In addition to the principle of the autonomy of the will, China’s laws have additional provisions in relation to foreign-related contracts when the contractual parties do not make any agreement on the application of law. According to article 145 of the General Principles of The Civil Law, the parties to a contract involving foreign interests may choose the law applicable to settlement of their contractual disputes, except as otherwise stipulated by law. If the parties to a contract involving foreign interests have not made a choice, the law of the country to which the contract is most closely connected must be applied.
According to article 126 of the Contract Law, parties to a foreign-related contract may select the applicable law for resolution of a contractual dispute, except otherwise provided by law. Where parties to the foreign-related contract failed to select the applicable law, the contract must be governed by the law of the country with the closest connection. As stipulated by the Law of the Application of Law for Foreign-related Civil Relations, parties may choose the applicable law to govern a contract. If the parties do not choose, the laws at the habitual residence of the party whose fulfilment of obligations can best reflect the characteristics of this contract, or other laws that have the closest relation with this contract, must apply.
Based on practical experience, the author finds that characteristics of a foreign-related contract include the place where the contract is negotiated, signed, established and performed, where the subject matter of the contract is located, as well as the parties’ residence, nationality, where they are founded and where they operate their business.
In judicial practice, however, the adoption of legal terms such as “the most characteristic features of a contract” and “laws that have the closest relation with this contract” has been plagued by a high level of uncertainty. Since legal disputes surrounding a foreign-related contract may involve several countries that have different legal systems, languages and cultural backgrounds, it’s unrealistic to expect China’s judges to be familiar with other countries’ legislation policies and relevant legal provisions, let alone make comparison and analysis.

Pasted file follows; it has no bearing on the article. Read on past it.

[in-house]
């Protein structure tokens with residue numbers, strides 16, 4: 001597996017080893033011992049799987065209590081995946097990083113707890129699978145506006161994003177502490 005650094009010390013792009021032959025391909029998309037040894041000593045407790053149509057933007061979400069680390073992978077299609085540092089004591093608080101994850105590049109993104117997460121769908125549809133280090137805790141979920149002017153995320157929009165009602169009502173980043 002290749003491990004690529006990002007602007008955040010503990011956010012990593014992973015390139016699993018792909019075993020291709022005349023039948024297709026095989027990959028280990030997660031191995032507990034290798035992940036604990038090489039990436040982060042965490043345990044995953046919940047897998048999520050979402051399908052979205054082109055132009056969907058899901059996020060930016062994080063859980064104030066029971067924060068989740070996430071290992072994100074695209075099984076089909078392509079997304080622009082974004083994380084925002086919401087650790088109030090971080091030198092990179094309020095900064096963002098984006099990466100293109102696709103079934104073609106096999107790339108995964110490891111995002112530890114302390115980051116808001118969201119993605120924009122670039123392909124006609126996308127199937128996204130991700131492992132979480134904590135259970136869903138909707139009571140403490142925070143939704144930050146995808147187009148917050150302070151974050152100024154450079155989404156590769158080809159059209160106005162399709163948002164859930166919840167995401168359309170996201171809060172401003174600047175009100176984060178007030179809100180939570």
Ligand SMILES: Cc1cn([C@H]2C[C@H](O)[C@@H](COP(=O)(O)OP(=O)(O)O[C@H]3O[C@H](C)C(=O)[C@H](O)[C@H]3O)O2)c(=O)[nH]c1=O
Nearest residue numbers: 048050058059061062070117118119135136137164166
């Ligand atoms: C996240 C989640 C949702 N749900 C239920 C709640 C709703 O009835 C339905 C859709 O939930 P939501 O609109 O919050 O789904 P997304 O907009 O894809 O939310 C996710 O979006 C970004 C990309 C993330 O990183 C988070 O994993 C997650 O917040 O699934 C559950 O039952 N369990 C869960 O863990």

As a result, when the parties do not make any agreement on the application of law for a foreign-related contract, the judges are baffled as to how to rule their disputes. Most such cases were eventually ruled according to China’s laws, instead of foreign laws as they are supposed to be due to their close relations with foreign-related contracts.
For instance, a contractual dispute between a company in Xiamen and a chemical company in Indonesia, and another contractual dispute between two Chinese companies and a company in Hong Kong, were tried according to Chinese laws because their contracts were signed and performed within the territory of China. But in the former case the Chinese company was a buyer and in the latter case the Chinese companies were suppliers, suggesting the application of law appears to lack pertinence.
In conclusion, there are three primary rules regarding the law of application that governs foreign-related contracts. First, mandatory provisions must apply when they are in place. Second, parties to a contract must agree on the law of application when there are no mandatory provisions. Third, when there is no agreement on the law of application, the court must decide according to the “closest relations” principle, and it’s more likely to rule that Chinese laws should be applicable to address their contractual disputes.
Author: Craig Zhou is an associate at Martin Hu & Partners